Banking Frontiers|June 2020
Mr. V. Srinivasan observes that the question is no longer whether ‘Paperless’ is needed or not, but rather, what will be the time frame for societal paperless transformation
For the last several years, banking has been evolving in India from physical operations to paperless mobile interactions in an increasing number of departments allowing customers to access relevant systems through multiple Digital Identification methodologies like user ID, password, secure tokens, digital signatures, etc. However, a lot of these processes still involve paperwork and signatures which often act as an impediment to the progress towards Digital Banking. When we further put this in context of the Bank’s own back-end processes, one can imagine the magnitude of cost and efficiency savings that can be achieved, especially considering that an average bank may have anywhere from 300-700 forms that need signatures!
The value of leveraging digital signatures (or eSign) to go paperless has never hit home harder than during the past few months of lockdown. Mr. V. Srinivasan, Founder & Chairman of eMudhra, explains: “The global pandemic has taught us that going paperless is more than just being about efficiency and cost savings. It is a critical Business Continuity requirement that is instrumental in protecting enterprises from unforeseen scenarios like COVID 19. The good news is, technologies and legislation are already in place to propagate the progress towards a paperless society.”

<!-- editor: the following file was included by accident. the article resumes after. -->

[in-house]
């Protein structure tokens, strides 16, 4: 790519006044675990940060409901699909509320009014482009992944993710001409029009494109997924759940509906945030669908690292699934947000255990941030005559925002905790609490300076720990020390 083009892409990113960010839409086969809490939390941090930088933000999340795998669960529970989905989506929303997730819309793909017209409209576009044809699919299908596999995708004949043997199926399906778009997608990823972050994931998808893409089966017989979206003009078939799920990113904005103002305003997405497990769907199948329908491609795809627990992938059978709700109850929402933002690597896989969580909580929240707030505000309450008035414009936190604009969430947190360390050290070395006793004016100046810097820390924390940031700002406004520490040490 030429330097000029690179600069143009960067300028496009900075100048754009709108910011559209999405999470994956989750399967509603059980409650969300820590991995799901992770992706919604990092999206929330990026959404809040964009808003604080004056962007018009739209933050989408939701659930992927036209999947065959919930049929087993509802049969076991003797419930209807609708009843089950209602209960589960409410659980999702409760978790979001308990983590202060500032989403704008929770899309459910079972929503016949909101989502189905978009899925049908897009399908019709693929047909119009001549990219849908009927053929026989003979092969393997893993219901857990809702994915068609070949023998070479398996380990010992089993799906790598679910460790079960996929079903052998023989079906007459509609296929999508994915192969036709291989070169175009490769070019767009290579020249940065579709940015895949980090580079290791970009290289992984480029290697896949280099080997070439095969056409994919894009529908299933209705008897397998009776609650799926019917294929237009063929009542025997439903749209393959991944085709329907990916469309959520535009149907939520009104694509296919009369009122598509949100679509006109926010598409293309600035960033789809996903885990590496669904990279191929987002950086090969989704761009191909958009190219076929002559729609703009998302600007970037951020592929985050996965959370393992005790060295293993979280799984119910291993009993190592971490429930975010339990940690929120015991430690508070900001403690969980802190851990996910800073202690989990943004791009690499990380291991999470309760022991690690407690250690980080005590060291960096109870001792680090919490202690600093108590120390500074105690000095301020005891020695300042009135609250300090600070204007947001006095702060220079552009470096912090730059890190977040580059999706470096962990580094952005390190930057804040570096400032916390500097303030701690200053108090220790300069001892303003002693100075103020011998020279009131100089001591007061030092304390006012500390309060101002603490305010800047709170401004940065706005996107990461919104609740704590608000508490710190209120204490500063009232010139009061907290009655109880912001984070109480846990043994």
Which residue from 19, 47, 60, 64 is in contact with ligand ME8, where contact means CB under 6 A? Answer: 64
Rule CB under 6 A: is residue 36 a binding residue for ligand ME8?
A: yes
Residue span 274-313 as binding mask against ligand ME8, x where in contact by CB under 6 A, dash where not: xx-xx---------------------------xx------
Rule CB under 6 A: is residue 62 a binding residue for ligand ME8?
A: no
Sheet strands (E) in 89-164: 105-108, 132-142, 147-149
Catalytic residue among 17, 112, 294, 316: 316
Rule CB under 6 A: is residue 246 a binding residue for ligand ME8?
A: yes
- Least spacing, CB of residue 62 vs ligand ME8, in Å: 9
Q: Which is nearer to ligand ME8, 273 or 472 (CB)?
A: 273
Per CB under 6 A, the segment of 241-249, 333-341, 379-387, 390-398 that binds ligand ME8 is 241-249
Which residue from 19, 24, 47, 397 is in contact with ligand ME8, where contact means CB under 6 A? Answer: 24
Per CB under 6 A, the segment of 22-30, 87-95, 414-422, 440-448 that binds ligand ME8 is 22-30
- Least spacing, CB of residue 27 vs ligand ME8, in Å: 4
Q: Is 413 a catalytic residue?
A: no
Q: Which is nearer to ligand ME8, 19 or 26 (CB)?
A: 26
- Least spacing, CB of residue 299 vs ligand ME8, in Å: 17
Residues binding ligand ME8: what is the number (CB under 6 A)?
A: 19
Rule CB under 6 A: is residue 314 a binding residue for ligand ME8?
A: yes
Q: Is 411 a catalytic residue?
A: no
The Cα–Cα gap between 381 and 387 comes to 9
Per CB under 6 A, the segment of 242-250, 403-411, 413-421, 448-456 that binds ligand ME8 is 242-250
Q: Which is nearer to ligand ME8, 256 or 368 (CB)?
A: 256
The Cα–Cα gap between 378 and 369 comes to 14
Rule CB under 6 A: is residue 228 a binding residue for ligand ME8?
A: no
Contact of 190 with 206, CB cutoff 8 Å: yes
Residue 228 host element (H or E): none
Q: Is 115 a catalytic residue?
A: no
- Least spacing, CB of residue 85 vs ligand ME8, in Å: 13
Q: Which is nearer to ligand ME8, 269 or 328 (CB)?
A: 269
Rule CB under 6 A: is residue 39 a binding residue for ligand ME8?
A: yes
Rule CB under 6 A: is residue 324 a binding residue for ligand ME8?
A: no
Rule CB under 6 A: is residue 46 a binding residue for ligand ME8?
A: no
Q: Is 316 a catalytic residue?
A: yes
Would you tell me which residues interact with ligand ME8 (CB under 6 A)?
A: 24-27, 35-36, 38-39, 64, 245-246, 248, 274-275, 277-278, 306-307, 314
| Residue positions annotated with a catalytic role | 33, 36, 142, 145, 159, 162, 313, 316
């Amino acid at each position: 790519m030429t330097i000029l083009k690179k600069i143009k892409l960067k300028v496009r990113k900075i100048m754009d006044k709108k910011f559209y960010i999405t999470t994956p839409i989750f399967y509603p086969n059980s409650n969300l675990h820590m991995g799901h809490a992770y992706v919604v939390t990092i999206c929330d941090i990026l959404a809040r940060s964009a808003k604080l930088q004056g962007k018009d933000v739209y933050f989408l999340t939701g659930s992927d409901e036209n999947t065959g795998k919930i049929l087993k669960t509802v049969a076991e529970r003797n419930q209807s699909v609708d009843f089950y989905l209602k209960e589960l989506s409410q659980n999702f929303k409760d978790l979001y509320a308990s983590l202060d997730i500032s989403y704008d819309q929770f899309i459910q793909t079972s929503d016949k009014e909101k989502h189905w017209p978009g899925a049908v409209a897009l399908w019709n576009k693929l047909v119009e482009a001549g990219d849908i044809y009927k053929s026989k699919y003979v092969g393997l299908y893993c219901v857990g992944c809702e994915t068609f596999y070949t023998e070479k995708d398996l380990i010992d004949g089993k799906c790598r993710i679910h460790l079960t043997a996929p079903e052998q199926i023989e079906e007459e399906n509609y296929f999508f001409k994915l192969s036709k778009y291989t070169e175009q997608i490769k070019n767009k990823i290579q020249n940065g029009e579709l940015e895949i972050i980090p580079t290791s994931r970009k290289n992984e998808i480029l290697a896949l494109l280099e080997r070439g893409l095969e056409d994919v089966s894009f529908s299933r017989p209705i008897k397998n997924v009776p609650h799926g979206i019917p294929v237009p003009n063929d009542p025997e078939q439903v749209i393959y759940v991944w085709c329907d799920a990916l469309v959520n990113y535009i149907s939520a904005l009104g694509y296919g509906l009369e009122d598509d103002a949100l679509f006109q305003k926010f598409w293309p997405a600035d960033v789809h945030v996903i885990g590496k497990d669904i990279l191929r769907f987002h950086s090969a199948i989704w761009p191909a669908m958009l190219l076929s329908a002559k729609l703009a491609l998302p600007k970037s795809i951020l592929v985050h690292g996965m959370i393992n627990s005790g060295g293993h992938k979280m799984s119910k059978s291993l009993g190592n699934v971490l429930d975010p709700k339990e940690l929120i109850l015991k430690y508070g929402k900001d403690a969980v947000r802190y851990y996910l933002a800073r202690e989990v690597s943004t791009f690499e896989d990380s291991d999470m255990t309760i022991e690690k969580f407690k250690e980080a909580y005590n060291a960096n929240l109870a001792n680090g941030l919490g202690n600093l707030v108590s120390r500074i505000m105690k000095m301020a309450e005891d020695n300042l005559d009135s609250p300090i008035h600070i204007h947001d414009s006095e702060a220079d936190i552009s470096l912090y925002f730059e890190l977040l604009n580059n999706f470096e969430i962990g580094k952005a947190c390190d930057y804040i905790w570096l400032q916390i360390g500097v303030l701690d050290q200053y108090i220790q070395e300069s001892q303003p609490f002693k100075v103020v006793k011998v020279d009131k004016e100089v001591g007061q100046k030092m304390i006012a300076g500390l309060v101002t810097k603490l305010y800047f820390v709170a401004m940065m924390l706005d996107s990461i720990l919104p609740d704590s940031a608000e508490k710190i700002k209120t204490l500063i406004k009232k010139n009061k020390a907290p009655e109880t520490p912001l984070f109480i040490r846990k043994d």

The Information Technology Act of 2000 widely promoted the use of Digital Signature (and eSign) to replace physical signatures. While it has been in effect for 2 decades, a great amount of technological ease has been brought thanks to the progress of technology and the flexibility of the regulatory framework. Perhaps, this is the reason that adoption has been rapidly growing YoY over the past few years as compared to the previous decade.
The introduction of eSign, a remote signing solution that makes digital signing quick, easy, and efficient (1 or 2 step process) have been a critical catalyst for digital adoption in India. When you pair that with the flexible commercial models that are often transaction based for organizations, enterprise adoption was bound to rise.
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